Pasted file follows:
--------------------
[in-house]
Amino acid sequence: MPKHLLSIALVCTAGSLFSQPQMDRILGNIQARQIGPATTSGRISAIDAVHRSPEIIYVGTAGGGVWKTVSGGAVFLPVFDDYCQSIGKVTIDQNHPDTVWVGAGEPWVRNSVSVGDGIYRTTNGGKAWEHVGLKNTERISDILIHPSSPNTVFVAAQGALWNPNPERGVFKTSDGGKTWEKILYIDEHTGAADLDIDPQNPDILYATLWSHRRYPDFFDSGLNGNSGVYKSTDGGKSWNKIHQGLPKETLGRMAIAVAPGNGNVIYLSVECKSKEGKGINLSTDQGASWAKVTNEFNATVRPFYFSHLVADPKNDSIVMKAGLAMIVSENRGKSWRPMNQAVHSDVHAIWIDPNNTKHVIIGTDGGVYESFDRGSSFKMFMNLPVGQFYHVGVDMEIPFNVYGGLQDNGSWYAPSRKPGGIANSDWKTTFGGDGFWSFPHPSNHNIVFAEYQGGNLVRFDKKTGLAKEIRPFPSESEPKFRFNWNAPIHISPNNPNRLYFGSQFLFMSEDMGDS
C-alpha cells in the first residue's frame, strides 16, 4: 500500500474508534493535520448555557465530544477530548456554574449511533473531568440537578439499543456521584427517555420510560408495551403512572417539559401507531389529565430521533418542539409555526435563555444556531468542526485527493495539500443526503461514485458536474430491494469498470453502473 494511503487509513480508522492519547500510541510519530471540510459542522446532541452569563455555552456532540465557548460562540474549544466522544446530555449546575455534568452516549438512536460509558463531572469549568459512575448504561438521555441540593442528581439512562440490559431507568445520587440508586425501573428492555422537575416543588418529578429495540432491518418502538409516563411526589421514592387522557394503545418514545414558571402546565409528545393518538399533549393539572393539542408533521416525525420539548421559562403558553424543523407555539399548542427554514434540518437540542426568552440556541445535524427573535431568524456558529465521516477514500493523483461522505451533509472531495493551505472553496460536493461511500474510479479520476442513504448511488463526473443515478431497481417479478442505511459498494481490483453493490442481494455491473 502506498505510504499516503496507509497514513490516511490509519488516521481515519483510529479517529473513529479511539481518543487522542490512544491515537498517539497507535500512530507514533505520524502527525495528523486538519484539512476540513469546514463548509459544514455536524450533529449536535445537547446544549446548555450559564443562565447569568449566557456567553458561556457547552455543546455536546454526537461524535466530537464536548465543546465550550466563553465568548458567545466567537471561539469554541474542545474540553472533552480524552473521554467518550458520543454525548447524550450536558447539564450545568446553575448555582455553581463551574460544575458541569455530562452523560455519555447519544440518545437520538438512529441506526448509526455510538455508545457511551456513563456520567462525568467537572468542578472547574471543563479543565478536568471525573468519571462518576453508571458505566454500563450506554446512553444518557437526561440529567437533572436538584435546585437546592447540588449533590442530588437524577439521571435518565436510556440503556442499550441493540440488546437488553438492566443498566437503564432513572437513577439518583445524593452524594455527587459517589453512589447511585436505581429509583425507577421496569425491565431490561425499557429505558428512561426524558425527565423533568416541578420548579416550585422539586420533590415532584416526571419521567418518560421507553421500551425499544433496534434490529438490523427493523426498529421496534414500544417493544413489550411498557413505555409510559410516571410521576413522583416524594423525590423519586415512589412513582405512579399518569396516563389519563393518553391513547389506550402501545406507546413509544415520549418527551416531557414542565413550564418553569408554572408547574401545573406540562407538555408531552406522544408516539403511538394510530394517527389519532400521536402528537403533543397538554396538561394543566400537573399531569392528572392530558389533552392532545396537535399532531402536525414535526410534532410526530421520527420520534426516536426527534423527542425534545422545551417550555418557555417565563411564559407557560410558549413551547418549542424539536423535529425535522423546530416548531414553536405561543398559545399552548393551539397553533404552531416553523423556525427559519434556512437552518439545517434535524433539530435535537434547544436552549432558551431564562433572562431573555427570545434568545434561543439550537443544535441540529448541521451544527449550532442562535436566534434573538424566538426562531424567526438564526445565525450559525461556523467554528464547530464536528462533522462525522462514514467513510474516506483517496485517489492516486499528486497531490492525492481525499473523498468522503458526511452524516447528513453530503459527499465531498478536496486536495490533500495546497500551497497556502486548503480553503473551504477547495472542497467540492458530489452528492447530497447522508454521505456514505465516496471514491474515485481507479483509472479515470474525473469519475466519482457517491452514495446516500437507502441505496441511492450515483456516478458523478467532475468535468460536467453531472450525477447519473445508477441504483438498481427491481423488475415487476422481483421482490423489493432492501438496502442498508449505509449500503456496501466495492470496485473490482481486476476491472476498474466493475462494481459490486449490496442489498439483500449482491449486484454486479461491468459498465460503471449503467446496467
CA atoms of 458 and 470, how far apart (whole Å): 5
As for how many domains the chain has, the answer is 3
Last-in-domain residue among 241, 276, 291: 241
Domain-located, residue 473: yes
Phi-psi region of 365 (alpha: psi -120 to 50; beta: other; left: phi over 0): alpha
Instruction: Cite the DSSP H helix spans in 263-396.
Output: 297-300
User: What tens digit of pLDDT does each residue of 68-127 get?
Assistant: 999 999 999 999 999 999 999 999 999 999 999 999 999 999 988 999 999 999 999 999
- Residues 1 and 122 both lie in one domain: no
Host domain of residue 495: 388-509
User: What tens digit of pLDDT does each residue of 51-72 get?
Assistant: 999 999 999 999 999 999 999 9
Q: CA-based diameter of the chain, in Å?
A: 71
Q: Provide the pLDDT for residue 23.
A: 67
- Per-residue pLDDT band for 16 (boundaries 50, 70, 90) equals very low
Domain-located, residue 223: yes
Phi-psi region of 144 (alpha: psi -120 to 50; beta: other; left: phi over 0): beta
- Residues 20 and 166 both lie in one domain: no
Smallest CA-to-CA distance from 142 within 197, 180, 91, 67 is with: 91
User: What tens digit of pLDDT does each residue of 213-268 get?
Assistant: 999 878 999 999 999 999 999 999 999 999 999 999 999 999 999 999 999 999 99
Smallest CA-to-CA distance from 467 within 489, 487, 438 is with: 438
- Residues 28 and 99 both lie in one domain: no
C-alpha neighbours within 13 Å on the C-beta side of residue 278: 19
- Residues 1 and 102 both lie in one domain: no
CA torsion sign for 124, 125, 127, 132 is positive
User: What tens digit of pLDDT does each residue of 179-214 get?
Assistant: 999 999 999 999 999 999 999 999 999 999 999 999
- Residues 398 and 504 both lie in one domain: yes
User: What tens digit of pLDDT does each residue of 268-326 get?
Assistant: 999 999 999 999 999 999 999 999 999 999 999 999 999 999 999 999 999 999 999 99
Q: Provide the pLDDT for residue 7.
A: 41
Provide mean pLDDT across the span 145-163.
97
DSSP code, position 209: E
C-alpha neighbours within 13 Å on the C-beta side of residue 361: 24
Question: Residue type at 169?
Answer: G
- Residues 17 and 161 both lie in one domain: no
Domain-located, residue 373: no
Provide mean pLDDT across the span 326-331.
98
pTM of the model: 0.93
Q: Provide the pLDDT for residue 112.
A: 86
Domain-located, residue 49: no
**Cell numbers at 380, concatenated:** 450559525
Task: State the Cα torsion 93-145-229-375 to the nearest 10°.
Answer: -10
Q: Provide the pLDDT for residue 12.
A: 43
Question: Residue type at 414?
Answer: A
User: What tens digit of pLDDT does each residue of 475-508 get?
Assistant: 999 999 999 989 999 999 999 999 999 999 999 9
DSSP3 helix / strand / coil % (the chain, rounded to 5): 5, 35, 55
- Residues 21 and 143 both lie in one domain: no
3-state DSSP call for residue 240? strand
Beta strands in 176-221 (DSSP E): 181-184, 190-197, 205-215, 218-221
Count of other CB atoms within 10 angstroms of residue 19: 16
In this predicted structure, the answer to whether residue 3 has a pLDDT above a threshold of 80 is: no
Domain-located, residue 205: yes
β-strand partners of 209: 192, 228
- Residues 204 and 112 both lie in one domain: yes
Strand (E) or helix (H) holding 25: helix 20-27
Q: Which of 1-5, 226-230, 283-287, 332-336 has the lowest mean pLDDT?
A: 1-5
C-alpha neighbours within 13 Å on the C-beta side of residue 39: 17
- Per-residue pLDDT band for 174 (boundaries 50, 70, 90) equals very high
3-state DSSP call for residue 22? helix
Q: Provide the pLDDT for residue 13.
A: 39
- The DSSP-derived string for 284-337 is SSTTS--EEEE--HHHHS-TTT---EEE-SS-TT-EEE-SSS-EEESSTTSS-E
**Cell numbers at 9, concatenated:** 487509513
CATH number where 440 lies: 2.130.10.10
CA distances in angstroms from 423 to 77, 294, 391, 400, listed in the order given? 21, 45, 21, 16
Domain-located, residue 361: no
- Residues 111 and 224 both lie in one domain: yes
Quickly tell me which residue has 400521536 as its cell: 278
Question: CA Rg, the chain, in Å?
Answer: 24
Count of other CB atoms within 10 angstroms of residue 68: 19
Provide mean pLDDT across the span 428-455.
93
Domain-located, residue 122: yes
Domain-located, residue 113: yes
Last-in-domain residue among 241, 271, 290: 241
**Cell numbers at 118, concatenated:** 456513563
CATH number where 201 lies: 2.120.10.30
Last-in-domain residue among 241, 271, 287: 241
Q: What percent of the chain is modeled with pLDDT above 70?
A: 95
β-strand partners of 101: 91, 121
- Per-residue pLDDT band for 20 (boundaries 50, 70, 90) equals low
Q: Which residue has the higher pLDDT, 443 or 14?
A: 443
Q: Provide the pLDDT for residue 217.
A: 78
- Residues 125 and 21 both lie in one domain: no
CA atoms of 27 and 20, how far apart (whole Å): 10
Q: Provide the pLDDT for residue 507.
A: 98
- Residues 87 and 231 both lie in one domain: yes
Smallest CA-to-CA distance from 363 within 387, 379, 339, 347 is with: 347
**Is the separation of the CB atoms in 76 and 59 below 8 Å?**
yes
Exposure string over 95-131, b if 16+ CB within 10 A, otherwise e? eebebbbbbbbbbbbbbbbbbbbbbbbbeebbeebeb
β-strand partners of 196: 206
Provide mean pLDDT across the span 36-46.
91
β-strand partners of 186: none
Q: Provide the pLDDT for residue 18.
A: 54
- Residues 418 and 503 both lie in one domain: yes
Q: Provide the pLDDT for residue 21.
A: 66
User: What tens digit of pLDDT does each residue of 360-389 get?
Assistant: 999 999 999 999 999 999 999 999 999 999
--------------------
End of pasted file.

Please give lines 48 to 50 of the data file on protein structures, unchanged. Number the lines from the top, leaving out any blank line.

Provide mean pLDDT across the span 326-331.
98
pTM of the model: 0.93